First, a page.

Many poets were published in such magazines as Présence africaine, Transition, and Black Orpheus. Certain poets have also been accomplished in other literary genres. Novelists Chinua Achebe, Ayi Kwei Armah, Ama Ata Aidoo, and Ben Okri, and dramatists Femi Osofisan and Nobel laureate Soyinka, author of Idanre, and Other Poems (1967), have published poetry of note. By the 1960’s and 1970’s, critical works and edited collections of African poetry began to appear, produced by such advocates as Janheinz Jahn, Gerald Moore, Ulli Beier, Donald Herdeck, Soyinka, and Langston Hughes. Among later editors of African poetry are Awoonor, Isidore Okpewho, Jack Mapanje, Frank and Stella Chipasula, Musaemura Zimunya, and Adewale Maja-Pearce.

Post-independence poetry

(Critical Explorations in Poetry)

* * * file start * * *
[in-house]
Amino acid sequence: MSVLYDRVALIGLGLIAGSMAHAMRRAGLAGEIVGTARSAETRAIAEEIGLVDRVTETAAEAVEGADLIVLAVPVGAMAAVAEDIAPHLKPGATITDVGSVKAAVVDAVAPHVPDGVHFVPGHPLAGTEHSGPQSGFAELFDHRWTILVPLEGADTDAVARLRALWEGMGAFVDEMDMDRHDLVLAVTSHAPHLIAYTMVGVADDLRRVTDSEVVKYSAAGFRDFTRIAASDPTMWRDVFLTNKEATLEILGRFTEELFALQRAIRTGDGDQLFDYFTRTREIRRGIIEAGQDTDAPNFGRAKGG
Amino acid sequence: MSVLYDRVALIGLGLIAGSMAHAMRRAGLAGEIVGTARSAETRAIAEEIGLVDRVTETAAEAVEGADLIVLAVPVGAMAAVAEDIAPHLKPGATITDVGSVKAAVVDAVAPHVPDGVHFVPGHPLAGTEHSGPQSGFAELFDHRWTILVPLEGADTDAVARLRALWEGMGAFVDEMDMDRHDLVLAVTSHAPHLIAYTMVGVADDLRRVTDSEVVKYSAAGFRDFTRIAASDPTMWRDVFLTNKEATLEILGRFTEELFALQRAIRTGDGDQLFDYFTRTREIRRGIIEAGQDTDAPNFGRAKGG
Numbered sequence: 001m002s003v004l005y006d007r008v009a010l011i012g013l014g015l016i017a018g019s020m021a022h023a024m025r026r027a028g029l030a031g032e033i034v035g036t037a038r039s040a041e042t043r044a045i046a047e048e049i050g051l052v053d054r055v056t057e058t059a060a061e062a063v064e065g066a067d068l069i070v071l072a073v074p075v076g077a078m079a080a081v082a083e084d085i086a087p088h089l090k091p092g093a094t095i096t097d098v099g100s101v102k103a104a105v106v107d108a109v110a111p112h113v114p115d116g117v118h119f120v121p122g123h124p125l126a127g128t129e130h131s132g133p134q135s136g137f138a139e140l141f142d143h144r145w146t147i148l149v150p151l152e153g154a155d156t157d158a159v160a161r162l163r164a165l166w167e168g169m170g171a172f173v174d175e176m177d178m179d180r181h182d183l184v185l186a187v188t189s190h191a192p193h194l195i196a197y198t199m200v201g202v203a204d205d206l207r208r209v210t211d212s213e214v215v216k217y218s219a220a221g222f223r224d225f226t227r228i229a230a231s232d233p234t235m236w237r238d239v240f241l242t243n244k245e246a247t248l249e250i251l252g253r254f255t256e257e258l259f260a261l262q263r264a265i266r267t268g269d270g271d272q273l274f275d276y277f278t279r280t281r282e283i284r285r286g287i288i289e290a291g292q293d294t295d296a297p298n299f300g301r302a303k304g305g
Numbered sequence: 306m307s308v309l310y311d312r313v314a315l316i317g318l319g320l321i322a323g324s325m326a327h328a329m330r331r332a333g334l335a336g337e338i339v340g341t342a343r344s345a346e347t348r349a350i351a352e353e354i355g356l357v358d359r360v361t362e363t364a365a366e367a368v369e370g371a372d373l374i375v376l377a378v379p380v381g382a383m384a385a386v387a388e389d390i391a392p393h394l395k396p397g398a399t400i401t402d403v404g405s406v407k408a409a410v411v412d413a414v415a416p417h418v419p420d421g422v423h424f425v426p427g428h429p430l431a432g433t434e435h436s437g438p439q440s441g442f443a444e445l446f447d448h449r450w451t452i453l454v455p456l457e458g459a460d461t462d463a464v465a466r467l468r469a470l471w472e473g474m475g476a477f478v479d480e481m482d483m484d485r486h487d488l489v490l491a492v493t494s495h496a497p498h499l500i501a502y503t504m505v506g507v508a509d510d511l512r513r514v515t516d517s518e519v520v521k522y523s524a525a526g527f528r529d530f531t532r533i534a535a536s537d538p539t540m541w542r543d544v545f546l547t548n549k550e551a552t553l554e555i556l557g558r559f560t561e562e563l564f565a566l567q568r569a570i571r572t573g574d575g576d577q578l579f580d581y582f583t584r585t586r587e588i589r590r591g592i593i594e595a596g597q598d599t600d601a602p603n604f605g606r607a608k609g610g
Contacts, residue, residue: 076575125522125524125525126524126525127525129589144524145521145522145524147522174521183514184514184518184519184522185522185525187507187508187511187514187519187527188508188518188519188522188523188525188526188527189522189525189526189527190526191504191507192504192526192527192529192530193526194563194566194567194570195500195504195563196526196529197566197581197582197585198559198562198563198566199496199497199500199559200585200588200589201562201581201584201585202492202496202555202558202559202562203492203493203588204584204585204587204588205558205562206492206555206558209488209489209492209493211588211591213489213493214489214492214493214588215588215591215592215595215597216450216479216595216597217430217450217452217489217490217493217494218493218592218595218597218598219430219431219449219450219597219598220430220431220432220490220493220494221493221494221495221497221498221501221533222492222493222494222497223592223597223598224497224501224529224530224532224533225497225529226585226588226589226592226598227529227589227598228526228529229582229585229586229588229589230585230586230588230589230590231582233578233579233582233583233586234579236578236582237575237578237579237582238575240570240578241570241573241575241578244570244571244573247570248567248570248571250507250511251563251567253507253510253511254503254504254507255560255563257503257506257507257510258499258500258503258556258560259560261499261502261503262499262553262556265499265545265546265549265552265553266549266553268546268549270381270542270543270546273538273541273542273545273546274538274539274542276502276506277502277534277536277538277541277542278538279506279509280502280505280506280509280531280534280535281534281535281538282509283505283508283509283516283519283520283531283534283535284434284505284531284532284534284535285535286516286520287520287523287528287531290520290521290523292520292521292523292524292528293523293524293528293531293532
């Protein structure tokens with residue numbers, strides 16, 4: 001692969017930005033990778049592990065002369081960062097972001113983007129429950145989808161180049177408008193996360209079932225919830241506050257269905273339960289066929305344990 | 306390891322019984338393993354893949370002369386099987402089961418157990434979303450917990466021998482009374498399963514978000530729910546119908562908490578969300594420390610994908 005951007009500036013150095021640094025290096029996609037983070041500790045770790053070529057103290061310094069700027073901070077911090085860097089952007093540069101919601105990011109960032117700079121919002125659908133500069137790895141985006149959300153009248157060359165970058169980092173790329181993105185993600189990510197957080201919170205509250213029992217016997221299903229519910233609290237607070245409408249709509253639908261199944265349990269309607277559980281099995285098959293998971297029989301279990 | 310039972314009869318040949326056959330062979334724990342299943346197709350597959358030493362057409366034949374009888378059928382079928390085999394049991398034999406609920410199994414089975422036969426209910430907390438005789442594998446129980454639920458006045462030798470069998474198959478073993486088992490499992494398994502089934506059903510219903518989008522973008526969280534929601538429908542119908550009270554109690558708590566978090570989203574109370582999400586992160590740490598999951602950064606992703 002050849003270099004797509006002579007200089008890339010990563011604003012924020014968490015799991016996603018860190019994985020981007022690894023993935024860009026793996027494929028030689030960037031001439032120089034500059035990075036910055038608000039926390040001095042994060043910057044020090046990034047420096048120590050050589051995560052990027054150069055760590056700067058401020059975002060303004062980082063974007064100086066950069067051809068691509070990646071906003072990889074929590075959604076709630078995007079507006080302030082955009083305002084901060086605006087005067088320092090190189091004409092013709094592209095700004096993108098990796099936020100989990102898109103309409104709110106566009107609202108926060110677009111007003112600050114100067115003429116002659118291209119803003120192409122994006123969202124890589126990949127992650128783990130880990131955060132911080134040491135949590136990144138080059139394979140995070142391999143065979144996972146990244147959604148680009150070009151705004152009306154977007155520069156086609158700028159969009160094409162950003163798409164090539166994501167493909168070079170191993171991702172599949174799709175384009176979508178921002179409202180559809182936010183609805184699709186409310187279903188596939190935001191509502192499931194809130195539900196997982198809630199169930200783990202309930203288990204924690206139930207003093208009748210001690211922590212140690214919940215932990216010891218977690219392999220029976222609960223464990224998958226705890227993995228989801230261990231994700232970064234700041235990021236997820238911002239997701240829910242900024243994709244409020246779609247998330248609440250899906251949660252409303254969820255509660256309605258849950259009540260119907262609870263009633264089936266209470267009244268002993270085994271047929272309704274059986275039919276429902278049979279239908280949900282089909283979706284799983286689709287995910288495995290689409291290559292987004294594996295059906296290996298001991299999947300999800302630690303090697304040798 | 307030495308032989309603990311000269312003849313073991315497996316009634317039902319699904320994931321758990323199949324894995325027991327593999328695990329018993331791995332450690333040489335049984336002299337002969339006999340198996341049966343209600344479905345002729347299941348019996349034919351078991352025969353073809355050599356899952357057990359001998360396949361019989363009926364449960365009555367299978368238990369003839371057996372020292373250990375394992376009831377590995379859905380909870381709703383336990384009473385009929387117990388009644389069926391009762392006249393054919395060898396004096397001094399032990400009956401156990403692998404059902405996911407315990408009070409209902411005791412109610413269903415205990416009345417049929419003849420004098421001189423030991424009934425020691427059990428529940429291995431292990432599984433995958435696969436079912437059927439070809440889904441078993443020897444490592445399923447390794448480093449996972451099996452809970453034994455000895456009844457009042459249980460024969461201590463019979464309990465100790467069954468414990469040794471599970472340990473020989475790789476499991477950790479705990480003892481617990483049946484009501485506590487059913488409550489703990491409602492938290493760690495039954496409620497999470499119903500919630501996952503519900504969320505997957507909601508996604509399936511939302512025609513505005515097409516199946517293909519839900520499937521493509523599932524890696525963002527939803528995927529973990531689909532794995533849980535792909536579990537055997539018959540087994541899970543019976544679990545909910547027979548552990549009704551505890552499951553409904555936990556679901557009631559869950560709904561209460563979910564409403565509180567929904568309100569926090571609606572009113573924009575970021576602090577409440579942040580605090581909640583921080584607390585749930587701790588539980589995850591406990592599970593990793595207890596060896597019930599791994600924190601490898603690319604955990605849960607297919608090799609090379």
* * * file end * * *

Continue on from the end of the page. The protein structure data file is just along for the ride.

With independence, African poets accelerated their poetic production. By the 1980’s numerous anthologies, representing various regions and scores of poets, had been published. Many of the poets born after World War II were especially concerned with political and social issues relating to their newly independent governments. Critical of the state, certain poets were imprisoned or forced into exile. Among those imprisoned for political reasons were Soyinka, Awoonor, Brutus, and, from the then “younger” generation, the highly acknowledged Mapanje of Malawi, who published, among other works, Of Chameleons and Gods (1981). South African poets such as Mongane Wally Serote and Frank Chipasula of Malawi chose exile. Serote’s Third World Express (1992) is an extended poem with a global scope. Representing North Africa, Abdellatif Laâbi of Morocco published numerous collections in French. Political commitment to the “nation” and beyond is a distinguishing feature of post-independence poets.